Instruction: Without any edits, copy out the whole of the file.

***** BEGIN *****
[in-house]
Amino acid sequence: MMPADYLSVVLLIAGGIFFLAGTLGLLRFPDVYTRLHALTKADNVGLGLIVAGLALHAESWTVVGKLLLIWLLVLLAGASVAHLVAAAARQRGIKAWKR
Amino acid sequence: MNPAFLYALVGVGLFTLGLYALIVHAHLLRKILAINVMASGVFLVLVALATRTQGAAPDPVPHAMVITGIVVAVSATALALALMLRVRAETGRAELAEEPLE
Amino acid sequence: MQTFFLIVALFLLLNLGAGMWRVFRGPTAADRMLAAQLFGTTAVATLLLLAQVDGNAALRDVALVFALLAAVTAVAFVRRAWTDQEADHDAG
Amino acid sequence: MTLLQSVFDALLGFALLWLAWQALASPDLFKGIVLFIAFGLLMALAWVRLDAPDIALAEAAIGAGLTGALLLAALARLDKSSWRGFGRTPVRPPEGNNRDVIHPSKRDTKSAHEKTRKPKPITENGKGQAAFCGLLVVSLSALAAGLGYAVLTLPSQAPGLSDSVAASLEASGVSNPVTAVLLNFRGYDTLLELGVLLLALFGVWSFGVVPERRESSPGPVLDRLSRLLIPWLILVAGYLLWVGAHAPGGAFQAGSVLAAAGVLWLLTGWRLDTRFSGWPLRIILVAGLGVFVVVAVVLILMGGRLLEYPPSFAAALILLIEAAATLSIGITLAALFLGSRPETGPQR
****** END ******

[in-house]
Amino acid sequence: MMPADYLSVVLLIAGGIFFLAGTLGLLRFPDVYTRLHALTKADNVGLGLIVAGLALHAESWTVVGKLLLIWLLVLLAGASVAHLVAAAARQRGIKAWKR
Amino acid sequence: MNPAFLYALVGVGLFTLGLYALIVHAHLLRKILAINVMASGVFLVLVALATRTQGAAPDPVPHAMVITGIVVAVSATALALALMLRVRAETGRAELAEEPLE
Amino acid sequence: MQTFFLIVALFLLLNLGAGMWRVFRGPTAADRMLAAQLFGTTAVATLLLLAQVDGNAALRDVALVFALLAAVTAVAFVRRAWTDQEADHDAG
Amino acid sequence: MTLLQSVFDALLGFALLWLAWQALASPDLFKGIVLFIAFGLLMALAWVRLDAPDIALAEAAIGAGLTGALLLAALARLDKSSWRGFGRTPVRPPEGNNRDVIHPSKRDTKSAHEKTRKPKPITENGKGQAAFCGLLVVSLSALAAGLGYAVLTLPSQAPGLSDSVAASLEASGVSNPVTAVLLNFRGYDTLLELGVLLLALFGVWSFGVVPERRESSPGPVLDRLSRLLIPWLILVAGYLLWVGAHAPGGAFQAGSVLAAAGVLWLLTGWRLDTRFSGWPLRIILVAGLGVFVVVAVVLILMGGRLLEYPPSFAAALILLIEAAATLSIGITLAALFLGSRPETGPQR